RALEIGH — After House members balked last week at approving a Senate bill to make 75 mph the states top speed limit, the bill was converted Tuesday to a plan to have the state Department of Transportation study the idea, to see whether its safe.
On a split vote with some legislators warning that a 75-mph speed limit is too dangerous even for a study the House Transportation Committee approved the amended bill and sent it to another committee.
If the full House and Senate agree, DOT will consider whether the state should launch a pilot program to pick four sections of freeways where drivers would be allowed to go 75 mph. The states top speed limit now is 70 mph.
Also part of the proposed study: improving driver safety education to move slower drivers out of the left lane.
The 75-mph speed limit proposal from Sen. Neal Hunt, a Raleigh Republican, cleared the Senate quickly in April with only one dissenting vote. But House members from both parties attacked the proposal during two days of floor debate last week, and during its second airing Tuesday in the House Transportation Committee.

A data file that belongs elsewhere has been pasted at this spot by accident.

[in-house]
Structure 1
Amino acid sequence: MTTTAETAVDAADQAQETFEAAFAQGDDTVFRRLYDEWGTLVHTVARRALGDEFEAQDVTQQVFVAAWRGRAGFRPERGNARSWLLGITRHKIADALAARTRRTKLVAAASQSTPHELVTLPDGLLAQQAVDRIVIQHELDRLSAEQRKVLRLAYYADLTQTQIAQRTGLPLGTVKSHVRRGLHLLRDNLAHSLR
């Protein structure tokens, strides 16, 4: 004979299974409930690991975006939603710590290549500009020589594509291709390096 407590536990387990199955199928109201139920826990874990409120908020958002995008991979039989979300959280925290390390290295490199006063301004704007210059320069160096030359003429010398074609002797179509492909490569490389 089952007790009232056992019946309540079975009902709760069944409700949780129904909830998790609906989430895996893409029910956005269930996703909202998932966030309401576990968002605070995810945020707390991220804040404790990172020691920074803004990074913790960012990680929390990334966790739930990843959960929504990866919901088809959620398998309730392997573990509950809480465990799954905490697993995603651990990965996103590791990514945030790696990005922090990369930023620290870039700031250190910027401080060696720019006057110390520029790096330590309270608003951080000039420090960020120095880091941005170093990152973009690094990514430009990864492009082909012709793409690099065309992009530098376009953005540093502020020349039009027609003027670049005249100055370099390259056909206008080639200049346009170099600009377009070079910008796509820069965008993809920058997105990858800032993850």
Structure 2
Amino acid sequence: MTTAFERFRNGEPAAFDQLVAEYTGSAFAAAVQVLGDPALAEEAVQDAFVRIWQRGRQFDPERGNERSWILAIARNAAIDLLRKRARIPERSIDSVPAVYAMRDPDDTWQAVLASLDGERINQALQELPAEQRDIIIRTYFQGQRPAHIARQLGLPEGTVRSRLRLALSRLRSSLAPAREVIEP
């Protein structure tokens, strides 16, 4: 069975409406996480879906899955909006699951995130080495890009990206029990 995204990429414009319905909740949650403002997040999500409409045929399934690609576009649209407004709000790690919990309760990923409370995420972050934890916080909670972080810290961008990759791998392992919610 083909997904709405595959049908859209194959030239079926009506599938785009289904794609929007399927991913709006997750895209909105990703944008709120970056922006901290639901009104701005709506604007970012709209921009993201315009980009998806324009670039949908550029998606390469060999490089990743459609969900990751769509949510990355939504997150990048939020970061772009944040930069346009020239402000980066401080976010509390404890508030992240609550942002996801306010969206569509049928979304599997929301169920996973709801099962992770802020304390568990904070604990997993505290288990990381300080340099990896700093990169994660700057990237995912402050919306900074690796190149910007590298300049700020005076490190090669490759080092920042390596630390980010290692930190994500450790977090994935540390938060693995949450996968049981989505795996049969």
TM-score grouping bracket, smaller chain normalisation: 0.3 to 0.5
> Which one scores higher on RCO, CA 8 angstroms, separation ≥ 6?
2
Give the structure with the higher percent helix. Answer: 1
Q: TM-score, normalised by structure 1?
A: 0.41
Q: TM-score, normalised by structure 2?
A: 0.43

I dont think this is good safety policy, said Rep. Larry Pittman, a Concord Republican. I dont think its even worthy of a study.
Rep. Becky Carney, a Charlotte Democrat, said her 15-year-old grandchildren were mortified by the prospect of higher speeds on state highways.
Ill support this study, but sometimes when a bad bill should be killed, it is revived by a study, Carney said to Rep. Frank Iler, an Oak Island Republican who co-chairs an oversight committee that would evaluate the proposed DOT study. I trust you to look seriously at this.
Rep. Stephen Ross said the DOT study would tackle a two-part problem if it addresses the problems caused by slow drivers who stay in the left lane.
Thats really where a lot of our traffic jams come from, said Ross, a Burlington Republican. We have so many people that go into the left lane and drive below the speed limit. It creates bottlenecks.
And theres no way youre really going to be able to go 75 or 80. You cant even go 70 on most highways because of slower traffic in the left lane, Ross said.
Hunt wanted North Carolina to join 16 states, mostly in the West, where drivers are allowed to go as fast as 75 mph on some freeways. The proposed DOT study would consider the safety of allowing higher speeds and any effect on automobile insurance rates.
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